And if they do live happily ever after, congratulations on spreading some love!In case anyone was looking for further proof that Jennifer Lawrence would make a sweet BFF, it turns out she also sets up her friends with her co-star and fellow celeb Bradley Cooper.
Love is in the eyes, in the spark, in the moment, and there’s no replacement for that feeling of fireworks exploding between lovers.
Sure, two people can bond over common interests and have ideas about what they each want in a lover, but there has to be an X factor—the butterflies-in-the-stomach-can’t-wait-for-him/her-to-call-even-though-we-just-spent-three-hours-on-the-phone-and-I-can’t-stop-thinking-about him/her factor. If you still think getting your friends together is a good idea, or at least can’t do much harm, try not to load on the pressure.
I’ve been there too many times to count, sitting across the table from happily married friends who take it upon themselves to solve the problem of my single status.
They mean well by wishing to make me as happy as they are (let’s just ignore the obvious rebuttal that you can, indeed, be single and happy), but setting people up is fraught with the potential for awkward moments, hurt feelings, and at worst, broken friendships.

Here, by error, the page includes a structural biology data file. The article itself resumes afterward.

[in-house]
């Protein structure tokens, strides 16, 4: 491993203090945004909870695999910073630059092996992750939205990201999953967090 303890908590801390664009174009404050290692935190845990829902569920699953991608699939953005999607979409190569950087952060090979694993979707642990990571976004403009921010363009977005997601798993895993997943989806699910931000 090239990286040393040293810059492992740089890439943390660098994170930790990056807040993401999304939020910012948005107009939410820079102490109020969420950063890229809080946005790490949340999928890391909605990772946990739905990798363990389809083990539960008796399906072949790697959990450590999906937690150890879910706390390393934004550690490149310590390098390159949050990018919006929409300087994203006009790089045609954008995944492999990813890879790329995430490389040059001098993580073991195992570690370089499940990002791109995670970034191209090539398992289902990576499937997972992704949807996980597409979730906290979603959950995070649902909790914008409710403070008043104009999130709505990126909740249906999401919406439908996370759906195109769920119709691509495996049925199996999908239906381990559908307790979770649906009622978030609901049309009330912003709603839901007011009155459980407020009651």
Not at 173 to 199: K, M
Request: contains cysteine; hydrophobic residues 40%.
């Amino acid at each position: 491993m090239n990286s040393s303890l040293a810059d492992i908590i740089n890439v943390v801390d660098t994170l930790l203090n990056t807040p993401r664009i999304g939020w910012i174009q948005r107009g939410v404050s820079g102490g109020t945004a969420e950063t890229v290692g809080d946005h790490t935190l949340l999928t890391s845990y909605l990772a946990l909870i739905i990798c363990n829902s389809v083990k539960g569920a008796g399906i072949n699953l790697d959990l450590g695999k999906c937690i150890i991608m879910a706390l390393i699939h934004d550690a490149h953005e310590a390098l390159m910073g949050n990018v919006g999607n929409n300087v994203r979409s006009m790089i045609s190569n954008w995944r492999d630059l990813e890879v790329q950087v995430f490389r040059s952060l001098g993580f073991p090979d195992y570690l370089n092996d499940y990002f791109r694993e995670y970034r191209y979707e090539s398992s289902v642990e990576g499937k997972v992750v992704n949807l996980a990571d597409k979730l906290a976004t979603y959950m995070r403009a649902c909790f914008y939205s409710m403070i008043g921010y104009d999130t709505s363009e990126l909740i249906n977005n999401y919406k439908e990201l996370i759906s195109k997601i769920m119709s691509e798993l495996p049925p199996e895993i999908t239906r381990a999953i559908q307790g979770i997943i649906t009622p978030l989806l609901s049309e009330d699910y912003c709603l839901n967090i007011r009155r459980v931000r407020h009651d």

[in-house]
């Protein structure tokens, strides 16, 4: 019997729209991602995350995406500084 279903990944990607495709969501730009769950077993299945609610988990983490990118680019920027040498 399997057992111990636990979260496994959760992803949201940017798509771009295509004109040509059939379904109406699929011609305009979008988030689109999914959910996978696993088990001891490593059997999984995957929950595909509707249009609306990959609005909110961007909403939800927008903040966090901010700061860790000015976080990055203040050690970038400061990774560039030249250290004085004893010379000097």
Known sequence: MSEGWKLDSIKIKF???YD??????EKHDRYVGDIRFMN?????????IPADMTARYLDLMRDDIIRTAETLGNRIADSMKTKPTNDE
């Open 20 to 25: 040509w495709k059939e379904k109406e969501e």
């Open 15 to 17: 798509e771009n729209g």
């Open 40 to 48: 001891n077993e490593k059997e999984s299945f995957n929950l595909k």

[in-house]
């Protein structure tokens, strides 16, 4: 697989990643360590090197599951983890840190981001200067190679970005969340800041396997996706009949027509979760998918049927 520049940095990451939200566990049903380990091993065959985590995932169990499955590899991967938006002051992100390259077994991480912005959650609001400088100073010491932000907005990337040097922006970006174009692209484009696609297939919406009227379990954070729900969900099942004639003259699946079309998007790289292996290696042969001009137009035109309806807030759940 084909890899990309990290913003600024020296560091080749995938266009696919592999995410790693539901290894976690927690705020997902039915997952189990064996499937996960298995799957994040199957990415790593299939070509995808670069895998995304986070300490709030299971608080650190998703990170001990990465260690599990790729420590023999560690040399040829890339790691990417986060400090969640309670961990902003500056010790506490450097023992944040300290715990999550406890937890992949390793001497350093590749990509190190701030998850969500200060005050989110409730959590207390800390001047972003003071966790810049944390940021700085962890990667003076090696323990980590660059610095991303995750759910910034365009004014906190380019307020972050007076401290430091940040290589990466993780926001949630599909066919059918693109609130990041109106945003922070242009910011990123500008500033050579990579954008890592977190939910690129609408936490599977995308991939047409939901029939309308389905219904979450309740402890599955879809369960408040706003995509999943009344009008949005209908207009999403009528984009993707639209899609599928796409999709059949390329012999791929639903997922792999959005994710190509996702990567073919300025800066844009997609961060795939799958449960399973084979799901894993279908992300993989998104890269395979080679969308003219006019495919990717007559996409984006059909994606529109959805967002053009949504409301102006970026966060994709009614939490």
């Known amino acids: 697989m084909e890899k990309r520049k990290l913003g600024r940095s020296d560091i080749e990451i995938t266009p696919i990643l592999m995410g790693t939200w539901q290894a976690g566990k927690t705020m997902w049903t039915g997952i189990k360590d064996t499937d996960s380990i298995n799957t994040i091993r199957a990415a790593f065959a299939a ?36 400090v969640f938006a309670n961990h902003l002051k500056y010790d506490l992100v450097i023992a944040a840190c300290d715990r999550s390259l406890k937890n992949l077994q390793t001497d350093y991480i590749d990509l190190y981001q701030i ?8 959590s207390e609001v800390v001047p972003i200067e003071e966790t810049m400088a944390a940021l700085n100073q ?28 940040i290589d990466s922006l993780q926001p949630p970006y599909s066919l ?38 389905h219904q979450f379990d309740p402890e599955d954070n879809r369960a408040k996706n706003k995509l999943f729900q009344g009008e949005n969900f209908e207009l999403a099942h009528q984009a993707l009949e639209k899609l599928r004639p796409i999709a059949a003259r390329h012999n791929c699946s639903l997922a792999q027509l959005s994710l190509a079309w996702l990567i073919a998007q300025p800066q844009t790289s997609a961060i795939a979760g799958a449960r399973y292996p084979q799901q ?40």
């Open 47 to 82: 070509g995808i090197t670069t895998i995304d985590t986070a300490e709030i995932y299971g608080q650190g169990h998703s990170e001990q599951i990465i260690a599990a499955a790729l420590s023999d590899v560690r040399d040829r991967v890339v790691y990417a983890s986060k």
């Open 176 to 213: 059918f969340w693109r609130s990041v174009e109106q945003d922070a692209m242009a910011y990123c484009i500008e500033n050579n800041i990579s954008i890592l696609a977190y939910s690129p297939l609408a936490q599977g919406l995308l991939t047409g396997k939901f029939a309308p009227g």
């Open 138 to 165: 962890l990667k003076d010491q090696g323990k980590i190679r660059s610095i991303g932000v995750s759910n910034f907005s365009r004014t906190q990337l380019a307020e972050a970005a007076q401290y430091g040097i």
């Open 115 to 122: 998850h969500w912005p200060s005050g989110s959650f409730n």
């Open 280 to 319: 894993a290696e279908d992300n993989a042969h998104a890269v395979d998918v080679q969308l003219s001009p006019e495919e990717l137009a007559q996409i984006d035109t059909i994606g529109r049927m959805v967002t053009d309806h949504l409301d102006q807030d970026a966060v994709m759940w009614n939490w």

The last time a good friend set me up, the whole thing ended with her storming out of the Starbucks where we had met for coffee, offended that I didn’t consider her male cousin “good enough for me.” (After a couple of awkward dates, I decided to call it quits.) Consider these questions before introducing a friend to their "happily ever after." 1. My mother tries to set me up with every male she meets between the ages of fifteen and forty-five.
She simply can’t wrap her mind around the fact that I actually like to be single.
Let her know how much you appreciate her for helping set you two up.
Even if the date was kind of a bust, don't get mad at your friend for it when she was just trying to help.
Just because you enjoy being in a committed relationship doesn’t mean it’s for everyone, and being single is a growth period for many people. I was once set up by a male friend who secretly had a crush on me; because he was in a relationship at the time, he didn’t want his obvious interest in me to be a threat to his partner. What’s worse is having your friend set you up with someone, only to realize that your friend really wants to get the person in the sack and is using this opportunity to get more face time with him. All you’ll be doing is subjecting someone else to that person’s pain.
If your friend is interested in meeting someone new, then by all means go for it; otherwise, don’t force the issue. If you have any romantic interest in either one of the people involved in your setup, step awaaayyyy from the phone. Likewise, don’t attempt to break a friend’s pattern of what you think are bad relationships.
Involve them both in a group activity, where they won’t be so aware of the expectations that accompany being set up.